Theresa May unveils new Cabinet, appoints Damian Green as ‘deputy’

The new Cabinet appointments will be seen as May's attempt at surrounding herself with as many allies as possible against the backdrop of a brewing rebellion within party ranks after the Conservatives suffered heavy losses in the June 8 general election.

By: PTI | London | Published:June 11, 2017 9:49 pm
Theresa May, Damian Green, uk parliament, britain parliament, Theresa May Damian Green, world news May and Green – who backed Remain in the Brexit referendum – have known each other since they were Oxford students together in the 1970s and he is considered one of her few close allies. (Source: File photo/ Reuters)

British Prime Minister Theresa May on Sunday appointed her close ally and long-time friend Damian Green as her first secretary of state as she unveiled her new Cabinet after the shock election results threw up a hung Parliament, forcing her to form a minority government. The prime minister had already confirmed on Friday, soon after the general election results were confirmed, that five of her top-most Cabinet posts will remain unchanged – including Philip Hammond as chancellor of the exchequer, Amber Rudd as home secretary, Boris Johnson as foreign secretary, David Davis as Brexit secretary and Michael Fallon in charge of the ministry of defence.

The remaining Cabinet posts are set for a reshuffle from her previous administration with key announcements including Green as her new first secretary of state, effectively seen as a deputy prime minister in terms of Cabinet seniority. May and Green – who backed Remain in the Brexit referendum – have known each other since they were Oxford students together in the 1970s and he is considered one of her few close allies.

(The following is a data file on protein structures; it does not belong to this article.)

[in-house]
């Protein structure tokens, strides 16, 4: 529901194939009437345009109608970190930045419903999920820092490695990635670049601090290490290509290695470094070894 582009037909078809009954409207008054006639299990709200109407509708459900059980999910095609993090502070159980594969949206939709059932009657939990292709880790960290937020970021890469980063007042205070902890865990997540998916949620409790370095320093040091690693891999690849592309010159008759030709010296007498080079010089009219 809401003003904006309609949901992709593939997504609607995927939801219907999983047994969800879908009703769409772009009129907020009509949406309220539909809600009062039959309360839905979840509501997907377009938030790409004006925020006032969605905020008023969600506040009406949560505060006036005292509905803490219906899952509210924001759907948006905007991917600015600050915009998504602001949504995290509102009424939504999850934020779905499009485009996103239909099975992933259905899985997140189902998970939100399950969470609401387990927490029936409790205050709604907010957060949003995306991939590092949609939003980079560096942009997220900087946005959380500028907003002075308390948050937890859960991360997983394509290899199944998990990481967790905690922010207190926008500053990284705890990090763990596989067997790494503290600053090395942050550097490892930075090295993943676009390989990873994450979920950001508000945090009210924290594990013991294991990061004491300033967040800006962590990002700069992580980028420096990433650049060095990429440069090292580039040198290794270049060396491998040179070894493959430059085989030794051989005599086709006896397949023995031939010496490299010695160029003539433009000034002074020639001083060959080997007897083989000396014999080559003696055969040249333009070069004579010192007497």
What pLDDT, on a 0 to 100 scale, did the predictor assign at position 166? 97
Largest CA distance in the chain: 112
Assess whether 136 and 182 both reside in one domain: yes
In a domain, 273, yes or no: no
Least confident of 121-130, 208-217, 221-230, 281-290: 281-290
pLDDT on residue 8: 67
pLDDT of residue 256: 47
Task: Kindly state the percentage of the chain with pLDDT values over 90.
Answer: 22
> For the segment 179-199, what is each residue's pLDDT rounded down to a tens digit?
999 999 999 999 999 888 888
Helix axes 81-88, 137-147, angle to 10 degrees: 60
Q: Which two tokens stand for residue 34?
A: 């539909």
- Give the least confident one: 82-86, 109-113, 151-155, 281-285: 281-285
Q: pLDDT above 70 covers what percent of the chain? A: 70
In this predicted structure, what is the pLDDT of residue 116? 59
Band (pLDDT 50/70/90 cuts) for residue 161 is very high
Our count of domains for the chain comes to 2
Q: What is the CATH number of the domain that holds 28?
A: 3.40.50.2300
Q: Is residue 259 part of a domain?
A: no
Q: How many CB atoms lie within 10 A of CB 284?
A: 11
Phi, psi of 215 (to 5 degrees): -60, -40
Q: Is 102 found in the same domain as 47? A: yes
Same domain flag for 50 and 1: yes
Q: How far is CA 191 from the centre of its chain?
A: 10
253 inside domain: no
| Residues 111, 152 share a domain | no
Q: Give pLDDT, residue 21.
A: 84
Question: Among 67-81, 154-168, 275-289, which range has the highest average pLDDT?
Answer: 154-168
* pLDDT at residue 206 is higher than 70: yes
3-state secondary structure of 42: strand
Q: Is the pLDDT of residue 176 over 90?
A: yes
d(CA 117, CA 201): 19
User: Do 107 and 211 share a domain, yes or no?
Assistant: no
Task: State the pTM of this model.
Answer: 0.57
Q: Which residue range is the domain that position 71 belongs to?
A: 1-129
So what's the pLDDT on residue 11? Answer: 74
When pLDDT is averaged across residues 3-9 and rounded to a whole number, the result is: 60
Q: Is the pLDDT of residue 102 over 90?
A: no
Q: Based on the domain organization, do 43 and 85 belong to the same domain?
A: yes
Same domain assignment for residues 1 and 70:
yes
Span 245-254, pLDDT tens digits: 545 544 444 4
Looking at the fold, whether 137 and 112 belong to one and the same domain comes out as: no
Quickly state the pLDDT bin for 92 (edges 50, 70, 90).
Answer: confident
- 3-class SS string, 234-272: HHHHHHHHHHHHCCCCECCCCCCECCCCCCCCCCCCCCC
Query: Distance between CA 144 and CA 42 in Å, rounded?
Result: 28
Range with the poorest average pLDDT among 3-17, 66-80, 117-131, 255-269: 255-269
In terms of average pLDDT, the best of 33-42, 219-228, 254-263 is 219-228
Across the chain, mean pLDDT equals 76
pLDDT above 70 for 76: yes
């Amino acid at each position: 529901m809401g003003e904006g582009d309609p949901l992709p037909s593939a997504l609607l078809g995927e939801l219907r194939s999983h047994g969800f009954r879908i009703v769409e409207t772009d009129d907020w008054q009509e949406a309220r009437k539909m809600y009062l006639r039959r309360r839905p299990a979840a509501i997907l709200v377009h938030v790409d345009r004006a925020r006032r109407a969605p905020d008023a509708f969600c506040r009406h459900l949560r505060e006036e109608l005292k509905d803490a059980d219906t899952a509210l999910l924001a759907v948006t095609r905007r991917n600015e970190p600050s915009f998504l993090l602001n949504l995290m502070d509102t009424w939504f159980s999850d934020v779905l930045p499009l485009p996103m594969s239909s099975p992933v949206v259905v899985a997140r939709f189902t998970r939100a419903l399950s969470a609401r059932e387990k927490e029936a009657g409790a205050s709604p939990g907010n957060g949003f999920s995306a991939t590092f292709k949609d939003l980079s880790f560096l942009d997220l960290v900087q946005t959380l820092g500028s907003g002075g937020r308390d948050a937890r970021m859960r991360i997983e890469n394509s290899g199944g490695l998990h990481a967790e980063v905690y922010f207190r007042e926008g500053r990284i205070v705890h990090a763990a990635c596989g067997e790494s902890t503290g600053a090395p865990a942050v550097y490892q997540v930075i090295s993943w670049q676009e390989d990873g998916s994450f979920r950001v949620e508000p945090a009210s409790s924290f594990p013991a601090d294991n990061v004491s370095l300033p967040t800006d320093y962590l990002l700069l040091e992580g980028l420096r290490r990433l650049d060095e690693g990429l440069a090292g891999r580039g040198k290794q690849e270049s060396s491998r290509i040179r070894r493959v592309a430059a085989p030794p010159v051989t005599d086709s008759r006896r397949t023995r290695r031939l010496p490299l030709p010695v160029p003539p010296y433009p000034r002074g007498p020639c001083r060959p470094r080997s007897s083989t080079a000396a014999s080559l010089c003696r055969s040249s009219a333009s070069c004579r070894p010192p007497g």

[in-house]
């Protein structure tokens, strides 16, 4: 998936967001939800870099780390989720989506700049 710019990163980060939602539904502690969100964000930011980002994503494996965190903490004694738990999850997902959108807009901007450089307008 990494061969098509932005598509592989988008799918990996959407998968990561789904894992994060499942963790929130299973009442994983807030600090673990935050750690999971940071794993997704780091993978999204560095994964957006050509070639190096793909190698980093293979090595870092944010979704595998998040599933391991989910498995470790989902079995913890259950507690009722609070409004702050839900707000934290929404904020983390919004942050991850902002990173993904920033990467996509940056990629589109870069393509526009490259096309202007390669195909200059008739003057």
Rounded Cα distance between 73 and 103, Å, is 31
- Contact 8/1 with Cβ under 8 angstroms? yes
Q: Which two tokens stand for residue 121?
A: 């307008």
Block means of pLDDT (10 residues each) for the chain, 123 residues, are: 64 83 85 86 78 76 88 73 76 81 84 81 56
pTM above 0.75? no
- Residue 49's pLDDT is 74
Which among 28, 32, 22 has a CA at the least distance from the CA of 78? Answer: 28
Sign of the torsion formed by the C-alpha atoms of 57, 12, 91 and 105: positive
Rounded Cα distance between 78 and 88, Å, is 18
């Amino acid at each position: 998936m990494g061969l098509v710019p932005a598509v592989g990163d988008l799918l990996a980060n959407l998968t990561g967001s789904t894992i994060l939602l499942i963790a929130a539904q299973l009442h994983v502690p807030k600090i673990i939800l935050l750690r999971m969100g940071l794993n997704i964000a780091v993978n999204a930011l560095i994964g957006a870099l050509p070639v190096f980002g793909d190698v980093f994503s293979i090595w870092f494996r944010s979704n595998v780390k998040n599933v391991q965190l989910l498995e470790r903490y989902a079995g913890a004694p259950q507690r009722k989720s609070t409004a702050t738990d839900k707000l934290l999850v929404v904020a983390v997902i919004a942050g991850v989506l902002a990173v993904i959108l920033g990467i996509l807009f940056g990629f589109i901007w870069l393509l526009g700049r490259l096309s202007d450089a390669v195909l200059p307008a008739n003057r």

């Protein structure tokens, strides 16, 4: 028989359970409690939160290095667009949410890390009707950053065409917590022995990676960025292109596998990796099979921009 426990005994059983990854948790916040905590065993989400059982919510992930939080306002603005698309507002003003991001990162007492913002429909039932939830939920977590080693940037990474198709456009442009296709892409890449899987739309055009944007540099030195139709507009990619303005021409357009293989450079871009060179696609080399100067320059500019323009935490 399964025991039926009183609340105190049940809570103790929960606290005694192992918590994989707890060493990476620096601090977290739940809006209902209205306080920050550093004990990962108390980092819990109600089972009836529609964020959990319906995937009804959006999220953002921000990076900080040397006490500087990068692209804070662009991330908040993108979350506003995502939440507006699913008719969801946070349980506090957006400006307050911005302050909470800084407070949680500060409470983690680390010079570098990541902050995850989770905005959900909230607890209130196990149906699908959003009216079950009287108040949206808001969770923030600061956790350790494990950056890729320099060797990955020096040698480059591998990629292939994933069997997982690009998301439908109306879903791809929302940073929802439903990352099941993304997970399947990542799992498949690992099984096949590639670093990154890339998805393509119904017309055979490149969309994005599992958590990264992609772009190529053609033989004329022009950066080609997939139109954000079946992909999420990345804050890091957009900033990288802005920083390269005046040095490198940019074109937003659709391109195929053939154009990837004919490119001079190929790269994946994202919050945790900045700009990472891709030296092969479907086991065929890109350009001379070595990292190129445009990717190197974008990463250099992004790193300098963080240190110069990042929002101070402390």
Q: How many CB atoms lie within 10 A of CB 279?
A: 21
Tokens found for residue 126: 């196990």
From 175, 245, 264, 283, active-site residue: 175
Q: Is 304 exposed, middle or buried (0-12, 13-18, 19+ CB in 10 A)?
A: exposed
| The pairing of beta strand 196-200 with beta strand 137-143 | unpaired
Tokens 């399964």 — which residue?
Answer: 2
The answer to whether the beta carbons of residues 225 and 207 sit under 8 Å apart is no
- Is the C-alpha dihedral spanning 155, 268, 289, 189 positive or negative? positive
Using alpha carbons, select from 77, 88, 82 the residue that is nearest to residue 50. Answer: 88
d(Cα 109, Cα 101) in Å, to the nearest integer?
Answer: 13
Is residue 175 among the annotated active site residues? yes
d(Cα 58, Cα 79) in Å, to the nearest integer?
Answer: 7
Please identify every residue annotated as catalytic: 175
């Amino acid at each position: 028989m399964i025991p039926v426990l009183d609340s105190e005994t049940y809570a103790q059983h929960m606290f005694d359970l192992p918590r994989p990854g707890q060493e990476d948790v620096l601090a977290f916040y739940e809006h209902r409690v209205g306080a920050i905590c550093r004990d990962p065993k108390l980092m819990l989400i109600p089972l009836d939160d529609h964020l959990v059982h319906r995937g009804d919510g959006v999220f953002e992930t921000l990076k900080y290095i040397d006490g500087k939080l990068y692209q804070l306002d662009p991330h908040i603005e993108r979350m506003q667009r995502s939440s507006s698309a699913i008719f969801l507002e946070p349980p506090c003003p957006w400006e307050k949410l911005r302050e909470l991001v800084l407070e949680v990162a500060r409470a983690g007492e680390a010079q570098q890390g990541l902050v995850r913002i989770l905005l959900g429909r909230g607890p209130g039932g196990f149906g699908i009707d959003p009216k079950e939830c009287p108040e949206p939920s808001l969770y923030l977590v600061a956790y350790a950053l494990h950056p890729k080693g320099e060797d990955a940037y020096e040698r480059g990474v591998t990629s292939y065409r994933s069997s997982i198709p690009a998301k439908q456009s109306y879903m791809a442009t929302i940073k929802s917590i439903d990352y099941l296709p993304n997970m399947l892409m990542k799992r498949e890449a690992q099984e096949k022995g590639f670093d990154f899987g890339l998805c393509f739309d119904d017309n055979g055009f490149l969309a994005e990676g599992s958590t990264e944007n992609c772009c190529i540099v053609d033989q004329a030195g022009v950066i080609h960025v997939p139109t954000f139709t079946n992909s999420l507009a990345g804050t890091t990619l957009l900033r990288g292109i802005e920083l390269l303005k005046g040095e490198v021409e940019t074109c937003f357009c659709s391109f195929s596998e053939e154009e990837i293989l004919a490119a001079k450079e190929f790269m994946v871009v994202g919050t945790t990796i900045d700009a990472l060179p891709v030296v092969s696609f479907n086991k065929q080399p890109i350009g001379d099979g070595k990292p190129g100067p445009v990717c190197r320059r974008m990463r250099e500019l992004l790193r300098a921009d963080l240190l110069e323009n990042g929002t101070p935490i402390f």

In other early appointments, Greg Clark holds on to his job as secretary of state for business, energy and industrial strategy and David Gauke takes over as work and pensions minister. Liam Fox stays in his post as secretary of state for international trade while Justine Greening has been re- confirmed as secretary of state for education and Liz Truss appointed chief secretary to the treasury with right to attend Cabinet.

The new Cabinet appointments will be seen as May’s attempt at surrounding herself with as many allies as possible against the backdrop of a brewing rebellion within party ranks after the Conservatives suffered heavy losses in the June 8 general election. Far from a forecast landslide majority, May has been left holding on to 10 Downing Street with diminished authority– having lost her party its majority.

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